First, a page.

Official Covid fatalities not with standing, the pandemic pushed several others into the abyss only to be pulled back because they sought help. Calls to suicide prevention helplines surged as people battled depression and suicidal tendencies triggered by the pandemic.

Data shared by Jeevan Aastha, a suicide prevention helpline that also offers counselling, revealed that over 70% of the calls during 2020 and 2021 were made either by Covid patients or their kin

In 2019, the helpline received about 20,178 calls, of which 253 were made by people who wanted to end their lives. By the time the pandemic began in 2020, the calls shot up to 24,674 of which 330 were those with suicidal tendencies. In 2021, the overall number of such calls decreased to 21,806 but 317 callers showed suicidal tendencies.

The helpline said that 72% of the calls made during 2020 and 85% of those made during 2021 pertained to Covid. With Omicron playing havoc, 2022 is no different. In the last 191 days, the helpline has received 19 calls seeking help for worries concerning the Omicron variant. Some of these callers report suffering from depression after losing a loved one to Covid. Interestingly, the callers belong to all age groups across professions.

In January 2022, the helpline received a call from a couple who lost their 25 year-old son during the second wave. The youth had come to India from Australia and following his death, the parents slipped into depression and guilt as they felt responsible.

They wanted to end their lives. But they made a call to our helpline before acting on their instinct and expressed their feeling of guilt. We counselled them and helped them come out of depression, said a senior counsellor of the helpline.


Students living alone in hostels, unable to attend their classes or get out of their rooms, also suffered.

A 22-year-old girl living in a hostel in Ahmedabad called up the helpline as she could not go home. With Omicron raging on, she feared infecting her parents though she was not infected.

Another call was by a 22- year-old whose father died of Covid in 2020. The youth slipped into depression and held his mother responsible as he felt she had not taken adequate care of him.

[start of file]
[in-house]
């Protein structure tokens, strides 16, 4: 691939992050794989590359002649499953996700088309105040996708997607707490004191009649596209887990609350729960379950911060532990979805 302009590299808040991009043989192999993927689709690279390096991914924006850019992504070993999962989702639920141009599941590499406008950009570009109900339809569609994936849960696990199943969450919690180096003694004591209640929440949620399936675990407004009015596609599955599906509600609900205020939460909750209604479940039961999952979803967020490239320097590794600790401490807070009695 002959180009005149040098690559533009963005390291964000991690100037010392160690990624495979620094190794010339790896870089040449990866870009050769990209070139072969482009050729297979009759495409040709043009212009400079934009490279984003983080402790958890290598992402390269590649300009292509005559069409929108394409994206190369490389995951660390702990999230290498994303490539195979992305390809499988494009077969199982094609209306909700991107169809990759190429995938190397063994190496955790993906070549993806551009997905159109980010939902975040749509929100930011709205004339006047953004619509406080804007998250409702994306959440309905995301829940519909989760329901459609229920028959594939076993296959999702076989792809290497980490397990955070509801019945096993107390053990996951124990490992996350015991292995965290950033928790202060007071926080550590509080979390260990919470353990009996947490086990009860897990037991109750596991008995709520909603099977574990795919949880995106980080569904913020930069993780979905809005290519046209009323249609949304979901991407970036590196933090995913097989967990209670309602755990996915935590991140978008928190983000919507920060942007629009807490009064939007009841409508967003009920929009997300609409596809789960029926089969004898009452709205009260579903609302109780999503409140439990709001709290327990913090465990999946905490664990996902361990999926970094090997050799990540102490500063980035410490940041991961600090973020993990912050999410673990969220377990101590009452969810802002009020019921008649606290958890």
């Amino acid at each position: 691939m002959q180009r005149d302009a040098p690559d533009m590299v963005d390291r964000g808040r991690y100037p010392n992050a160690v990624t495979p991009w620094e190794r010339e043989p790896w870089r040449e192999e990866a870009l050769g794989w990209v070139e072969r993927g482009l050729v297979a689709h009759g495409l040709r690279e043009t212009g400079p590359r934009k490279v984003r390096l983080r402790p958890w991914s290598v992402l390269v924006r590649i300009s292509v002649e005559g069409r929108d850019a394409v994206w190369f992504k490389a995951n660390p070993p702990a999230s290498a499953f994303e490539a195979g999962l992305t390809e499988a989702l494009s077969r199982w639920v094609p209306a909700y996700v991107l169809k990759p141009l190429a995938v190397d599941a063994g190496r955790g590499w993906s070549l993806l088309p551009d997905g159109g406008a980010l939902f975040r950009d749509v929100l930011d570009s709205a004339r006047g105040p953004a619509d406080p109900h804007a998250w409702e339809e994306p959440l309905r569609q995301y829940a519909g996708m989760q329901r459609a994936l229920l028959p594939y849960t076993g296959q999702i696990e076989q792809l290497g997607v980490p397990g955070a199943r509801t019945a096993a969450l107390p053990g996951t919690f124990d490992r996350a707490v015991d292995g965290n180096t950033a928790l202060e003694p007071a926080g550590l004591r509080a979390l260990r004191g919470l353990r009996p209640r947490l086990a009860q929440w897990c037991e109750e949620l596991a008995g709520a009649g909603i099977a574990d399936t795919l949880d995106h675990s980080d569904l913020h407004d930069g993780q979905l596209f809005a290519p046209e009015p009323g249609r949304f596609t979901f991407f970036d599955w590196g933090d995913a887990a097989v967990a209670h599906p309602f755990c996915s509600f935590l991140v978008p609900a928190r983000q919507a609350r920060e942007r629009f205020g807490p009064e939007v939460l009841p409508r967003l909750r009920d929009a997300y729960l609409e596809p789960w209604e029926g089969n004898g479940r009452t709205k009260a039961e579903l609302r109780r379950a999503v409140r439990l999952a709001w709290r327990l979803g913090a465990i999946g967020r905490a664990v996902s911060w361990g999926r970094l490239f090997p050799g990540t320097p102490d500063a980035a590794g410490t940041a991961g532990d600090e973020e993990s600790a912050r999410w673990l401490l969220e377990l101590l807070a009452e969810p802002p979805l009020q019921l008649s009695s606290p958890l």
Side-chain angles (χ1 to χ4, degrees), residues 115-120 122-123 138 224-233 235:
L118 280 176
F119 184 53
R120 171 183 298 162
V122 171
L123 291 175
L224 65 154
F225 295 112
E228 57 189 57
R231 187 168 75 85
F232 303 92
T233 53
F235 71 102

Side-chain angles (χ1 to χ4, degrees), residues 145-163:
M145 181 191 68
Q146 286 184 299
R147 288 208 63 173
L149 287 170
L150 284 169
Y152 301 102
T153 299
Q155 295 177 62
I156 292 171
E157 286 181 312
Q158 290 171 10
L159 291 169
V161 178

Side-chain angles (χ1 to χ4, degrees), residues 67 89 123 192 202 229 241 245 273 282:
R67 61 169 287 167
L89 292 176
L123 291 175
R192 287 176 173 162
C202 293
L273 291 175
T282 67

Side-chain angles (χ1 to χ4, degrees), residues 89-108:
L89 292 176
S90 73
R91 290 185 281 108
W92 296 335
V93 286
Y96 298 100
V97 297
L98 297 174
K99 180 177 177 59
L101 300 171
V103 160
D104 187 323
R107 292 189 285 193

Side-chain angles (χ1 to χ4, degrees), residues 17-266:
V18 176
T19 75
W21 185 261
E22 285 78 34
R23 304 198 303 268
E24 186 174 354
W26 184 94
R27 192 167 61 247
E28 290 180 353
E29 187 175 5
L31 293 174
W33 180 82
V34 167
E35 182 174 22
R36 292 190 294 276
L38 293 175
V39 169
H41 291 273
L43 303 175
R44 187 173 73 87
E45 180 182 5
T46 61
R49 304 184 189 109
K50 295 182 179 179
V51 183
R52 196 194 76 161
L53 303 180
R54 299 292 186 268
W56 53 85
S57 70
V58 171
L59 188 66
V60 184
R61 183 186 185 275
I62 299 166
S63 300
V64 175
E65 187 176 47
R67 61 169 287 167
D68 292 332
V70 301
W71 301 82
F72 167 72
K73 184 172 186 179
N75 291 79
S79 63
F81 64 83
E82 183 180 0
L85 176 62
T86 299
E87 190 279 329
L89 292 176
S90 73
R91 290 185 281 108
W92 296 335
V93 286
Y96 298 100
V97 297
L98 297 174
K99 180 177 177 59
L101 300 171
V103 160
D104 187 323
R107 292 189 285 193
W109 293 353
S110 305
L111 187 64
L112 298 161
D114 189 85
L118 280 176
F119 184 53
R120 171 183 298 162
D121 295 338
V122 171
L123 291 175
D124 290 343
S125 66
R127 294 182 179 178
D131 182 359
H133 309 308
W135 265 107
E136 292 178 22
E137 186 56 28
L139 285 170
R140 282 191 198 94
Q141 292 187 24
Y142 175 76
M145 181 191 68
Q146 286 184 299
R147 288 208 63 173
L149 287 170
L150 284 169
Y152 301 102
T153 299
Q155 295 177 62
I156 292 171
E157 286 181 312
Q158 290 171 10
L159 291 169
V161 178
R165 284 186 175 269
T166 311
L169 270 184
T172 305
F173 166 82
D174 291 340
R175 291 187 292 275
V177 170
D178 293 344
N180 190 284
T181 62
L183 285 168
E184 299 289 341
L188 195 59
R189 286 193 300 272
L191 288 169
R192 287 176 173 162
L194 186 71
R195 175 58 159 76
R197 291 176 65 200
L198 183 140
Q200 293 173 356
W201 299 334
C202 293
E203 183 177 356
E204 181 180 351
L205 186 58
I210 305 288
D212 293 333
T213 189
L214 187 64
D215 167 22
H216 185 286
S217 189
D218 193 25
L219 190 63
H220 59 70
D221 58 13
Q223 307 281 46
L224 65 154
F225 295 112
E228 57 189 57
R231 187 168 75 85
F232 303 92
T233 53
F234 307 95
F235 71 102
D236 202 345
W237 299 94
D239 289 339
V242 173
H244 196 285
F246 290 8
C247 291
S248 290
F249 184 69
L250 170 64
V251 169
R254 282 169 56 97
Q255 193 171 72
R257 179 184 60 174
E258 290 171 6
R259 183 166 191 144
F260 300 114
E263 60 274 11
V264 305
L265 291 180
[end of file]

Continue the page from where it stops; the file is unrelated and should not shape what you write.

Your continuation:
How deeply the pandemic affected people’s psyche, can be known from the fact that a 26-year-old man called the helpline fearing for his life. He had been infected in 2020 and then again in 2022 despite being vaccinated. The man still under counselling is paranoid that he has lost his immunity and that the pandemic will kill him.

The helpline said calls for help came from all sections and strata of society. Businessmen, doctors, saláried people all sought help. Many had slipped into depression due to the economic toll that the pandemic took on household finances. Many others complained of recovery agents knocking on their doors.

A teacher, who called. up the helpline, said she lost her job as the school could not pay her salary because the students were not paying fees. Not just adults, even teenagers developed problems, including addictions during the pandemic.

A 14-year-old boy got addicted to surfing on mobile phones while studying online and ordered products worth Rs 30,000 without his parents’ knowledge. He felt guilty about it. We counselled him to apologise and come out clean. He finally told his parents the truth and felt relieved, said a counsellor at the helpline.